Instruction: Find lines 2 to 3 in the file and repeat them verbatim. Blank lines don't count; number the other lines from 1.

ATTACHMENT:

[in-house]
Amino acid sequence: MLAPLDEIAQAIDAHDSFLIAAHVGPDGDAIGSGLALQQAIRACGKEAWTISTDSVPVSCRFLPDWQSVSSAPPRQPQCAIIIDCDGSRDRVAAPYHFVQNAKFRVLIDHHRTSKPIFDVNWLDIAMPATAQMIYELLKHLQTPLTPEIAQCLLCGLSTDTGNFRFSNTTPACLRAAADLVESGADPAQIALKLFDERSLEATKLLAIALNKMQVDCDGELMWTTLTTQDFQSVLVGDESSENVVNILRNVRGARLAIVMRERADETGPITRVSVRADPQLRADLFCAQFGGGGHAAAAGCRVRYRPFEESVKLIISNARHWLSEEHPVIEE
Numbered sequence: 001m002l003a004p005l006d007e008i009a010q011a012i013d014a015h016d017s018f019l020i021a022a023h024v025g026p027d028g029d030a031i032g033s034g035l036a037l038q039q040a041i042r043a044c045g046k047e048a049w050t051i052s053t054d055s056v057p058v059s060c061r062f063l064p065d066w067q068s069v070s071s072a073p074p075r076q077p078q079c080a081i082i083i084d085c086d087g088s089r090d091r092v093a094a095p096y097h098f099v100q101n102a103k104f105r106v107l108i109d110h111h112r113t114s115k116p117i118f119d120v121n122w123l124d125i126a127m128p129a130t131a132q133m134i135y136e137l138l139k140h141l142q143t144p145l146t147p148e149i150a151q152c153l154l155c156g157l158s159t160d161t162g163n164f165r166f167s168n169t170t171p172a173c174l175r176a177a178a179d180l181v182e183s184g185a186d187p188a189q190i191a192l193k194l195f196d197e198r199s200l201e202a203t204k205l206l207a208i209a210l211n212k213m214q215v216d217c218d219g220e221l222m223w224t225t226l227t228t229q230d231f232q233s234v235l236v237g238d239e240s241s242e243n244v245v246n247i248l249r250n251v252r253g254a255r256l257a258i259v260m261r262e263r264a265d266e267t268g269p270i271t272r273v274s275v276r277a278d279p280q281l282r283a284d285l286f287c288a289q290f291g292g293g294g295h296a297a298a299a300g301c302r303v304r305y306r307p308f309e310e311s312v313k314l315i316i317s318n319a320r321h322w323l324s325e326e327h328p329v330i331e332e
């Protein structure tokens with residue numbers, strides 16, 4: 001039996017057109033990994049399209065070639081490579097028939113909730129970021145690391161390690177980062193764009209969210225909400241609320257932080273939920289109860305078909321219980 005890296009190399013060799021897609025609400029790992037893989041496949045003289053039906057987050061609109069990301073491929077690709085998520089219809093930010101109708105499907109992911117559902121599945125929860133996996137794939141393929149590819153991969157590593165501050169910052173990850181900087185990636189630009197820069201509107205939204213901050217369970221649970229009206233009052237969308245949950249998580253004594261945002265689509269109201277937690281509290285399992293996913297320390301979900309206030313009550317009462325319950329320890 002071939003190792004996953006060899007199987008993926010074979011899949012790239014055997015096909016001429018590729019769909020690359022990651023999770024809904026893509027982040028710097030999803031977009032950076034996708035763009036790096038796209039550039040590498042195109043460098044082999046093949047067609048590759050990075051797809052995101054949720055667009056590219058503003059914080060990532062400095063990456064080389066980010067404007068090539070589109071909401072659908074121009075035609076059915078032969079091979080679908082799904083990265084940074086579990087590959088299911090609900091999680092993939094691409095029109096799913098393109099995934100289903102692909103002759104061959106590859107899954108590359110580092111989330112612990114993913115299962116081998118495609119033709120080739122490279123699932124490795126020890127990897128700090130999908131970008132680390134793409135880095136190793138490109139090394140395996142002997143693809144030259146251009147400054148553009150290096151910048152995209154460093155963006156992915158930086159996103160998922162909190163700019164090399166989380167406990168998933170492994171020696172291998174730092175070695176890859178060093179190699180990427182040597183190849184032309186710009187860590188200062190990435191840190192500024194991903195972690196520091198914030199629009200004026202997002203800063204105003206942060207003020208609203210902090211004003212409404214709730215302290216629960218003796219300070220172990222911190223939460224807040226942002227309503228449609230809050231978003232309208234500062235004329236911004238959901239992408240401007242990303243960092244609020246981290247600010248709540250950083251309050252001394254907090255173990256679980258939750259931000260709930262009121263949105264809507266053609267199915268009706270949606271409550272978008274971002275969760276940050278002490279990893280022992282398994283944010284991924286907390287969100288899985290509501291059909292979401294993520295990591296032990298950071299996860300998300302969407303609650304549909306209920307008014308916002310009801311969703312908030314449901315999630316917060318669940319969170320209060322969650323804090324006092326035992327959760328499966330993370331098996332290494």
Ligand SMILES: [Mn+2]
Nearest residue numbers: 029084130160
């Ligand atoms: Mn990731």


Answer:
Amino acid sequence: MLAPLDEIAQAIDAHDSFLIAAHVGPDGDAIGSGLALQQAIRACGKEAWTISTDSVPVSCRFLPDWQSVSSAPPRQPQCAIIIDCDGSRDRVAAPYHFVQNAKFRVLIDHHRTSKPIFDVNWLDIAMPATAQMIYELLKHLQTPLTPEIAQCLLCGLSTDTGNFRFSNTTPACLRAAADLVESGADPAQIALKLFDERSLEATKLLAIALNKMQVDCDGELMWTTLTTQDFQSVLVGDESSENVVNILRNVRGARLAIVMRERADETGPITRVSVRADPQLRADLFCAQFGGGGHAAAAGCRVRYRPFEESVKLIISNARHWLSEEHPVIEE
Numbered sequence: 001m002l003a004p005l006d007e008i009a010q011a012i013d014a015h016d017s018f019l020i021a022a023h024v025g026p027d028g029d030a031i032g033s034g035l036a037l038q039q040a041i042r043a044c045g046k047e048a049w050t051i052s053t054d055s056v057p058v059s060c061r062f063l064p065d066w067q068s069v070s071s072a073p074p075r076q077p078q079c080a081i082i083i084d085c086d087g088s089r090d091r092v093a094a095p096y097h098f099v100q101n102a103k104f105r106v107l108i109d110h111h112r113t114s115k116p117i118f119d120v121n122w123l124d125i126a127m128p129a130t131a132q133m134i135y136e137l138l139k140h141l142q143t144p145l146t147p148e149i150a151q152c153l154l155c156g157l158s159t160d161t162g163n164f165r166f167s168n169t170t171p172a173c174l175r176a177a178a179d180l181v182e183s184g185a186d187p188a189q190i191a192l193k194l195f196d197e198r199s200l201e202a203t204k205l206l207a208i209a210l211n212k213m214q215v216d217c218d219g220e221l222m223w224t225t226l227t228t229q230d231f232q233s234v235l236v237g238d239e240s241s242e243n244v245v246n247i248l249r250n251v252r253g254a255r256l257a258i259v260m261r262e263r264a265d266e267t268g269p270i271t272r273v274s275v276r277a278d279p280q281l282r283a284d285l286f287c288a289q290f291g292g293g294g295h296a297a298a299a300g301c302r303v304r305y306r307p308f309e310e311s312v313k314l315i316i317s318n319a320r321h322w323l324s325e326e327h328p329v330i331e332e